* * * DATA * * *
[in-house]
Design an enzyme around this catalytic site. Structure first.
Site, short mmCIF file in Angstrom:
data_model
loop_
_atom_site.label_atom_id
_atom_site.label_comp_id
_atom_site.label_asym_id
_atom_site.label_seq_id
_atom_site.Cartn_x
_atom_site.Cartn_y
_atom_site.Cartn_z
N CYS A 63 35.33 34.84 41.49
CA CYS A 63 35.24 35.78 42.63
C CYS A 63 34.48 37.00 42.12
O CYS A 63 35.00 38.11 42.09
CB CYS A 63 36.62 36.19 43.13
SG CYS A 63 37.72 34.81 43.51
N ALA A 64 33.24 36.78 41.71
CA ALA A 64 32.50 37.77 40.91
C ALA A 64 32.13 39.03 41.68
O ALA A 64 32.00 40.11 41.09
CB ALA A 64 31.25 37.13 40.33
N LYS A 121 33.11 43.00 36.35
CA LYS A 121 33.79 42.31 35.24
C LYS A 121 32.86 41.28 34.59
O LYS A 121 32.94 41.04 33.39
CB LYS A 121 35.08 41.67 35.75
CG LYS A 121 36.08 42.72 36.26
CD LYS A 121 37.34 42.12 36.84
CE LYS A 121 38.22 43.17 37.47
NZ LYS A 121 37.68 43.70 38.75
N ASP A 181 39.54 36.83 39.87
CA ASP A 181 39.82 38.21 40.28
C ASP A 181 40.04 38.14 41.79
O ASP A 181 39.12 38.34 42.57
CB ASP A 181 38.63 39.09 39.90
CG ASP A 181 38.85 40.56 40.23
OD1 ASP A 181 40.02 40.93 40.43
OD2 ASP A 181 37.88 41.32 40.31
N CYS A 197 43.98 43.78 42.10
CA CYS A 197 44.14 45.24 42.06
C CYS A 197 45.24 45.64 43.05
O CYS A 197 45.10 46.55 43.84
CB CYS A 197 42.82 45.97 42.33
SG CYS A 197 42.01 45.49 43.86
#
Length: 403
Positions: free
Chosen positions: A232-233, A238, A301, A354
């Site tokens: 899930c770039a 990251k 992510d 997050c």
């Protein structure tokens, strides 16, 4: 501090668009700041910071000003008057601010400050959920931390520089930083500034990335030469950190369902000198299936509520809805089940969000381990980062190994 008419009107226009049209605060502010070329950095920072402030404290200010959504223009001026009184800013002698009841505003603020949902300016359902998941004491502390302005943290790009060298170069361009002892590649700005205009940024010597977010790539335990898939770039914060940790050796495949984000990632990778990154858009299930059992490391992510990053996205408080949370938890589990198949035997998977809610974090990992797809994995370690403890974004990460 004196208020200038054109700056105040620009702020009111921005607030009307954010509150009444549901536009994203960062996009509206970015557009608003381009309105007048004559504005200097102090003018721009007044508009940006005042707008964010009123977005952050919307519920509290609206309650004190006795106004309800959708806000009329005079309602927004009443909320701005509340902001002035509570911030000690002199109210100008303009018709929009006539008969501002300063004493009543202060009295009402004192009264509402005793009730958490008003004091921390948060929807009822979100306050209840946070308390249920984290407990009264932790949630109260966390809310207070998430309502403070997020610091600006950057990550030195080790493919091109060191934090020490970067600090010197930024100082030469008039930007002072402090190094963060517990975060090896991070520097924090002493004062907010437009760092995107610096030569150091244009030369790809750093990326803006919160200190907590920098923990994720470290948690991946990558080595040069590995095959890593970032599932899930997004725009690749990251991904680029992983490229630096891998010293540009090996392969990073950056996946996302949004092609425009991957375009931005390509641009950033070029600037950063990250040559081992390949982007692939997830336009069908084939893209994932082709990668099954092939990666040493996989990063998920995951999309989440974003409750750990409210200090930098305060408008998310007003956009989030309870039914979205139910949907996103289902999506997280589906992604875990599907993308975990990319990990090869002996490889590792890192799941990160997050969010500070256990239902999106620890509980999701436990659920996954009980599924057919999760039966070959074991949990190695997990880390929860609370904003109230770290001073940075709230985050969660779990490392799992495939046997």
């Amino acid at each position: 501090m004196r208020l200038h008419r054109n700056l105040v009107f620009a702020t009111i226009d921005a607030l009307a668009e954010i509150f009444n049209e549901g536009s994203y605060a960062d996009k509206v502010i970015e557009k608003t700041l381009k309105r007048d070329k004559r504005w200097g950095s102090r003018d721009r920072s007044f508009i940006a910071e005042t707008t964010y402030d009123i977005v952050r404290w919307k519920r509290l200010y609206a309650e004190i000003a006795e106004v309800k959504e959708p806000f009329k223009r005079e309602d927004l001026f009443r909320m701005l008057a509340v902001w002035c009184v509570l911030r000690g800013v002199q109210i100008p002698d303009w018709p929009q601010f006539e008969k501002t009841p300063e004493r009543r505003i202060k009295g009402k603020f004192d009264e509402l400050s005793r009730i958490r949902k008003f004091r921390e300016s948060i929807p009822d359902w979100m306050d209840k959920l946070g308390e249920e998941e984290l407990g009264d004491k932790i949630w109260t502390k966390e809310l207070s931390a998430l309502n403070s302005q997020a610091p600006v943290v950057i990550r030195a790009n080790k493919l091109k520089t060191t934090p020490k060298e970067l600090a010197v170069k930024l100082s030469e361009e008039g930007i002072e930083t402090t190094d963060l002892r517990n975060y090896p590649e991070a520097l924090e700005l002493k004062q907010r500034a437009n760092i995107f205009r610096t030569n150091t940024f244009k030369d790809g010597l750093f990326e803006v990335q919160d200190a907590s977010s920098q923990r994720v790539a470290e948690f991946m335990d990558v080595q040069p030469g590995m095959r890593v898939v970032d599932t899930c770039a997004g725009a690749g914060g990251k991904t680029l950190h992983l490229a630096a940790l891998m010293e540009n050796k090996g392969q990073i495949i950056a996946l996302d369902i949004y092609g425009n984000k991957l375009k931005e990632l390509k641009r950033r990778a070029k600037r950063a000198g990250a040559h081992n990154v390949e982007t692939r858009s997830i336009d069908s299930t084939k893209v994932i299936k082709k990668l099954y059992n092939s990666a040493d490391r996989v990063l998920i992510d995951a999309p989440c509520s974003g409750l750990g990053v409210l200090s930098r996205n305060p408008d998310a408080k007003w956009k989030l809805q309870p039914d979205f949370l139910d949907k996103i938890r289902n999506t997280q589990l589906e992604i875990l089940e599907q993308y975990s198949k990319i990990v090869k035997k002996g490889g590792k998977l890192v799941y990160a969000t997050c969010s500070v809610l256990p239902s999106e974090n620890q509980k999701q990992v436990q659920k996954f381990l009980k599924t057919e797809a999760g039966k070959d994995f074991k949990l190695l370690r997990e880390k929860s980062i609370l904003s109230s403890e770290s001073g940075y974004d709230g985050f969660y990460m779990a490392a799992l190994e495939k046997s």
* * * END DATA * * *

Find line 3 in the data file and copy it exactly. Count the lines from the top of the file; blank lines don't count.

Site, short mmCIF file in Angstrom: